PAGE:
I have 2 questions please. On my old laptop (Dell Vostro with Windows 7) I have Acrobat X Standard which I used to merge and digitally sign pdfs. I want to buy the most inexpensive software which will allow me to do the same on my new laptop (Dell Inspiron with Widows 10). So my questions are:
(1) Which Adobe software should I buy
(2) Where can I find and how can I transfer the signatures from the old to the new laptops. I had an image of my signature in cursive writing which I used alongside the digital signature.
Can I have help please with this query?
(1) Acrobat DC Standard
Thank you Bernd.
2) Go to Edit - Preferences - Signatures - Identities & Trusted Certificates, select your signature profiles and then click on Export.
Save them to a data file. Transfer that file to the other computer, and then go to the same location there, this time selecting Add ID - Existing digital ID - From a file. Select the file you created before and you're done.
I am transitioning to a new MacBook. I have saved the exported Digital ID in all 3 available formats (.cer .fdf and .p7c) but the Add ID process on the new Macbook will not recognize/select any of those formats. What am I missing?
You must use the files with .p12 or .pfx extension.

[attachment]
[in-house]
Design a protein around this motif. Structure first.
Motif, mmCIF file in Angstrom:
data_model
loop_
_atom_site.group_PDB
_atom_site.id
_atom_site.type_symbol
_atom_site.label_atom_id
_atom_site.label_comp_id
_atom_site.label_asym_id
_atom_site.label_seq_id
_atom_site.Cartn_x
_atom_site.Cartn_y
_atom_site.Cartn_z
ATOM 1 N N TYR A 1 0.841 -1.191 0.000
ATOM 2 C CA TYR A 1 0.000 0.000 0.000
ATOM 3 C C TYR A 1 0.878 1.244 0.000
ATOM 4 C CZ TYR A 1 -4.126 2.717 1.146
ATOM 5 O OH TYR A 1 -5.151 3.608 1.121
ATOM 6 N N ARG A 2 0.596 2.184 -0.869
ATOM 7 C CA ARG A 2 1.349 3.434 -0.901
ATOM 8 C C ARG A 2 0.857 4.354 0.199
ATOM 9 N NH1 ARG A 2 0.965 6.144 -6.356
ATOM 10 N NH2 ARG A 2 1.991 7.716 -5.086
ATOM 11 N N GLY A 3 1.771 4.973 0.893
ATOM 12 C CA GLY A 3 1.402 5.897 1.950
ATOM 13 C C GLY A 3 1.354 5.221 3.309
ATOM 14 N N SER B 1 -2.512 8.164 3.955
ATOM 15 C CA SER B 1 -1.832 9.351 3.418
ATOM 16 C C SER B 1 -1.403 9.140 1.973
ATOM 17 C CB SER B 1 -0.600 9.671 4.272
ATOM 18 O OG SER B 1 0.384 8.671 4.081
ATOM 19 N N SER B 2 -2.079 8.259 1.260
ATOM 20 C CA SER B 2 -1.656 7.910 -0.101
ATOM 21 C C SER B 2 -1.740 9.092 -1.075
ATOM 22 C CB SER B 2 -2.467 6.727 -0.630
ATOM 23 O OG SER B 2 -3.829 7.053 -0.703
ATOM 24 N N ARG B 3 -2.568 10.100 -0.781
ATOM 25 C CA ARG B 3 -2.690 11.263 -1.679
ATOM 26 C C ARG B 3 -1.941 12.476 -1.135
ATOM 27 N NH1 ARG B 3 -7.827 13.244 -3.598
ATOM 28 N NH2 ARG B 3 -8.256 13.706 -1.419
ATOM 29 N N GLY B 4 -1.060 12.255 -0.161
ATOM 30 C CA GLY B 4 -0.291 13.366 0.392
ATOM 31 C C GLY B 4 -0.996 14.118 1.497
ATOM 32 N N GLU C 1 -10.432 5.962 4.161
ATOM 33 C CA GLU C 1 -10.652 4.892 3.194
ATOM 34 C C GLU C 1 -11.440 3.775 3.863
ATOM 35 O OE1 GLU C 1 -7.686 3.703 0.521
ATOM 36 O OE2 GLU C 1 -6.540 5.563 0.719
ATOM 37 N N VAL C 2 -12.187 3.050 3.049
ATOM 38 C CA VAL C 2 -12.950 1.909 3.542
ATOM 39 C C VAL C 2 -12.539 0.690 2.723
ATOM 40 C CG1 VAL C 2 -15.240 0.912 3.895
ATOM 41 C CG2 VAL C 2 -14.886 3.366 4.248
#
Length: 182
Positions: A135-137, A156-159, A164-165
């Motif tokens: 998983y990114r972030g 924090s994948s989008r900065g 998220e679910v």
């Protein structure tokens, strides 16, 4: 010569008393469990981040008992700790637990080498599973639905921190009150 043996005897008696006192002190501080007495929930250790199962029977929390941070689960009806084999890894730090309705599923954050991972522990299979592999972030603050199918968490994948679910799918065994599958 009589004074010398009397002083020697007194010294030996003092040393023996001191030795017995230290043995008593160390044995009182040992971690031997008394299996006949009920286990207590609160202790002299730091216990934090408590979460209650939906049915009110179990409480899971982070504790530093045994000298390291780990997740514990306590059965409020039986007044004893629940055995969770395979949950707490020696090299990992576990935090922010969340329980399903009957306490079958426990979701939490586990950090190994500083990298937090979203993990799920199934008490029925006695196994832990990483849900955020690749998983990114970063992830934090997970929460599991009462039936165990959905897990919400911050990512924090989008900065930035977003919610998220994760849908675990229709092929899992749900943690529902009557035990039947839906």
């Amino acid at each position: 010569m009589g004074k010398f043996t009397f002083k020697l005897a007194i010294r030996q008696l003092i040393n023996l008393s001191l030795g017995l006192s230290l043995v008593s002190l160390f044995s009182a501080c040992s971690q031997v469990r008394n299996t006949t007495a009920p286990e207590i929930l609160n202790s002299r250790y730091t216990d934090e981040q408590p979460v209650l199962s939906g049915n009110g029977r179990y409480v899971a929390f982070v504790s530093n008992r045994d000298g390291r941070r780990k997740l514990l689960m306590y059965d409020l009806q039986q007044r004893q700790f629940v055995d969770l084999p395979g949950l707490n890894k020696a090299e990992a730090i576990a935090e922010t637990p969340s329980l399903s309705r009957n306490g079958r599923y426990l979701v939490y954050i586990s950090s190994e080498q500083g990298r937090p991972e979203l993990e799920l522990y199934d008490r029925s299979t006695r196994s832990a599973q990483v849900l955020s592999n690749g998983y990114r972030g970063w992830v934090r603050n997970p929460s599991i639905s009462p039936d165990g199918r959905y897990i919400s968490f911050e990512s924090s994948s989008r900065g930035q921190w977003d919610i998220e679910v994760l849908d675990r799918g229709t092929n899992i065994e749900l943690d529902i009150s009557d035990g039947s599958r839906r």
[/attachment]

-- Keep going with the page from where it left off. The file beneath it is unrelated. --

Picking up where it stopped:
Adobe Reader DC won't export as .p12 or .pfx
It exports as .p7c
This is so frustrating. Why does adobe reader export in a different format to the import in DC?
You have exported the public key.
The answer marked as correct here only caused frustration, and I discovered it's easier to either find the correct file on your original laptop or just create a new signature.
As others noted, Adobe only lets you export in .cer, .fdf or .p7c formats, but you need .p12 or .pfx to send it to your new computer. If you originally created the signature as a PKCS#12 file, then it should be easy to find that .pfx file in this location on Windows:
Once that file is transferred, then use the Add ID function
In my case using Reader DC, the signature was originally created through the Windows Certificate Store, which left a file with no extension called "reader_fss_signature_initials" in the same location above. I could not figure out any way to export this file as a .pfx, even trying to reach it through the Windows certificate manager. After spending far too much time on this, it was easier to just create a new signature.